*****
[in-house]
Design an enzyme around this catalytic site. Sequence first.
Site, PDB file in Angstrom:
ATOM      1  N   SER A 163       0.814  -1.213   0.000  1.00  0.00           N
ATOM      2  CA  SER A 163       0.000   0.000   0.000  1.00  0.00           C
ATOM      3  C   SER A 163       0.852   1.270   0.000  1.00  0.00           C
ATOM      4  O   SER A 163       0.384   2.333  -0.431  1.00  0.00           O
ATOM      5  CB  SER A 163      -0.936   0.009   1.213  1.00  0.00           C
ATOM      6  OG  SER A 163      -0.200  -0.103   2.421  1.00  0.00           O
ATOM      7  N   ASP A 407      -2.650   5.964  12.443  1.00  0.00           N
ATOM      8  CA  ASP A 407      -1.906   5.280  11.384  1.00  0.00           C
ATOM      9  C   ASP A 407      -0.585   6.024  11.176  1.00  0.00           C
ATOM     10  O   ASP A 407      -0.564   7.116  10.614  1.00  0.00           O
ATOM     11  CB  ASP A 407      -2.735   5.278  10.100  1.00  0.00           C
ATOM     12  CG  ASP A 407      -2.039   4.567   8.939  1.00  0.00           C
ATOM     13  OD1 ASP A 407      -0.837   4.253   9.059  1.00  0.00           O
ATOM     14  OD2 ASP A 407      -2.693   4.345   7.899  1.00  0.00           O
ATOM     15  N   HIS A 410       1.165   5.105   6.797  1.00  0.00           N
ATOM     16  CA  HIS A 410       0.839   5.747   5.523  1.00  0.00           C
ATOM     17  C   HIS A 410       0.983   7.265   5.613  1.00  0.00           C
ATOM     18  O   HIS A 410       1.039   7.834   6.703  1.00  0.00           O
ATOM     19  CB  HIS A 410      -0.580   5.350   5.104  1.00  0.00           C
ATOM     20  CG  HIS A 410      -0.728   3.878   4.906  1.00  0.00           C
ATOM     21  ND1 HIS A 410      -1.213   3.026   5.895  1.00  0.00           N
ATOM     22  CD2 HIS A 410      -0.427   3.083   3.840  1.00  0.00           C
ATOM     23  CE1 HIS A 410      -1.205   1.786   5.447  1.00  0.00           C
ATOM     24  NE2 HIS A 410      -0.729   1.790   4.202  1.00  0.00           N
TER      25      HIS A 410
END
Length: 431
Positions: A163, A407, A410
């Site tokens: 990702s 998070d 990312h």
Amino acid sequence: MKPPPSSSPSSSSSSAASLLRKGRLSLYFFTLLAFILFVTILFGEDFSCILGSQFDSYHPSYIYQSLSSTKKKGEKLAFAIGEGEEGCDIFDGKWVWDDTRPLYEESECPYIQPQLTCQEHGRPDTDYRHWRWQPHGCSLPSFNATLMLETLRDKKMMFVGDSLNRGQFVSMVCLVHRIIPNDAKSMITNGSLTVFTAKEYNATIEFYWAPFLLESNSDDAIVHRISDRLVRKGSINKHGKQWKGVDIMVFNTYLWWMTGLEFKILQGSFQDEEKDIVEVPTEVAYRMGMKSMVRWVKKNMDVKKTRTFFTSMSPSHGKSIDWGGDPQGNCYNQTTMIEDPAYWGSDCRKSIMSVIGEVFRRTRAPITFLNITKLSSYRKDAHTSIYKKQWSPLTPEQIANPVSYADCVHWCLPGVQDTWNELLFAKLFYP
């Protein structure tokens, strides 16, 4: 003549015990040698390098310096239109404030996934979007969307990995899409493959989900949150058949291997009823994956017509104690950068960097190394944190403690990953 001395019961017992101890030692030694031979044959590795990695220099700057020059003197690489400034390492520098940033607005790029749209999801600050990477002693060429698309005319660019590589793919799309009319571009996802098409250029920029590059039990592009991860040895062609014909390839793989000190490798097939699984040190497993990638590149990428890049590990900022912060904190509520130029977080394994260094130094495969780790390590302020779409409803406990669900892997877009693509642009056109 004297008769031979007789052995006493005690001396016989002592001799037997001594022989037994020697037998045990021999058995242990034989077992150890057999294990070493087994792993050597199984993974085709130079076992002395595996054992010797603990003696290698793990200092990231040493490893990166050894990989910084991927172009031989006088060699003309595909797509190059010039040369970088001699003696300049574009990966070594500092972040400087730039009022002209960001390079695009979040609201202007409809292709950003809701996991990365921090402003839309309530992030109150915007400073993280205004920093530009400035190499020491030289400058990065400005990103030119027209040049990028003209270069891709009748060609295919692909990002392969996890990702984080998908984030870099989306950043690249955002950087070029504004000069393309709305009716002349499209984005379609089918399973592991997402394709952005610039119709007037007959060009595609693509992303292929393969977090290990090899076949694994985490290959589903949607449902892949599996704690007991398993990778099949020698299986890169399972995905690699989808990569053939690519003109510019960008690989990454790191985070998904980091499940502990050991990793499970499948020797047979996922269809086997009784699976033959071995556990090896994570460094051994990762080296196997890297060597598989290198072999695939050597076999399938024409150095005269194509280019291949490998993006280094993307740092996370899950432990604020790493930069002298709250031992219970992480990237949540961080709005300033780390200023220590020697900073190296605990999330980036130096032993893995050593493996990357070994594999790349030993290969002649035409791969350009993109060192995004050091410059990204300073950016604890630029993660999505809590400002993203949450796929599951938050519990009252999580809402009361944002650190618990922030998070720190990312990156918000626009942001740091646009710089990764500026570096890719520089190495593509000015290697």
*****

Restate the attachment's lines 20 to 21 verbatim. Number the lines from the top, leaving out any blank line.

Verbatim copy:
ATOM     17  C   HIS A 410       0.983   7.265   5.613  1.00  0.00           C
ATOM     18  O   HIS A 410       1.039   7.834   6.703  1.00  0.00           O